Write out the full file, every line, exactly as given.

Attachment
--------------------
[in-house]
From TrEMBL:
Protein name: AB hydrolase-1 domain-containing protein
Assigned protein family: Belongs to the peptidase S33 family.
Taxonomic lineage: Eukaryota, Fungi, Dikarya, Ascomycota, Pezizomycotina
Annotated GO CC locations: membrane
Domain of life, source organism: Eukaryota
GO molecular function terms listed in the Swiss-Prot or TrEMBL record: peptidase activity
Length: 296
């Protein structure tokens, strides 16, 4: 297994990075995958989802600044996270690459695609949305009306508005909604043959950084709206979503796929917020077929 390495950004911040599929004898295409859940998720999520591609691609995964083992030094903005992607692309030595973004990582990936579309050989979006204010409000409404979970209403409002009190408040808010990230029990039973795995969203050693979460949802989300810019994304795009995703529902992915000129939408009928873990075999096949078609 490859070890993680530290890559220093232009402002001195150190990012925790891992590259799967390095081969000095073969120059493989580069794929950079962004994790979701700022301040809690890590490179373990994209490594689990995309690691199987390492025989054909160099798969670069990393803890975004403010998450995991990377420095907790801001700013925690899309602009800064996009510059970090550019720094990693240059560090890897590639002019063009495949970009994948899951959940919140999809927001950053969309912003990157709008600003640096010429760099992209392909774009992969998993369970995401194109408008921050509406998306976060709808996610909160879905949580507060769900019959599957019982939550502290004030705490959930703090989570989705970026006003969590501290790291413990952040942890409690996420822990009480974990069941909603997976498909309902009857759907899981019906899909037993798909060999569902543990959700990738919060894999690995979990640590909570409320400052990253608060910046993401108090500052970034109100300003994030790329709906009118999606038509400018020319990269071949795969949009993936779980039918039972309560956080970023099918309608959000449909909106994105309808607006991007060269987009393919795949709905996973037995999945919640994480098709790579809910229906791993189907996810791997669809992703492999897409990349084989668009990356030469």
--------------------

[in-house]
From TrEMBL:
Protein name: AB hydrolase-1 domain-containing protein
Assigned protein family: Belongs to the peptidase S33 family.
Taxonomic lineage: Eukaryota, Fungi, Dikarya, Ascomycota, Pezizomycotina
Annotated GO CC locations: membrane
Domain of life, source organism: Eukaryota
GO molecular function terms listed in the Swiss-Prot or TrEMBL record: peptidase activity
Length: 296
């Protein structure tokens, strides 16, 4: 297994990075995958989802600044996270690459695609949305009306508005909604043959950084709206979503796929917020077929 390495950004911040599929004898295409859940998720999520591609691609995964083992030094903005992607692309030595973004990582990936579309050989979006204010409000409404979970209403409002009190408040808010990230029990039973795995969203050693979460949802989300810019994304795009995703529902992915000129939408009928873990075999096949078609 490859070890993680530290890559220093232009402002001195150190990012925790891992590259799967390095081969000095073969120059493989580069794929950079962004994790979701700022301040809690890590490179373990994209490594689990995309690691199987390492025989054909160099798969670069990393803890975004403010998450995991990377420095907790801001700013925690899309602009800064996009510059970090550019720094990693240059560090890897590639002019063009495949970009994948899951959940919140999809927001950053969309912003990157709008600003640096010429760099992209392909774009992969998993369970995401194109408008921050509406998306976060709808996610909160879905949580507060769900019959599957019982939550502290004030705490959930703090989570989705970026006003969590501290790291413990952040942890409690996420822990009480974990069941909603997976498909309902009857759907899981019906899909037993798909060999569902543990959700990738919060894999690995979990640590909570409320400052990253608060910046993401108090500052970034109100300003994030790329709906009118999606038509400018020319990269071949795969949009993936779980039918039972309560956080970023099918309608959000449909909106994105309808607006991007060269987009393919795949709905996973037995999945919640994480098709790579809910229906791993189907996810791997669809992703492999897409990349084989668009990356030469």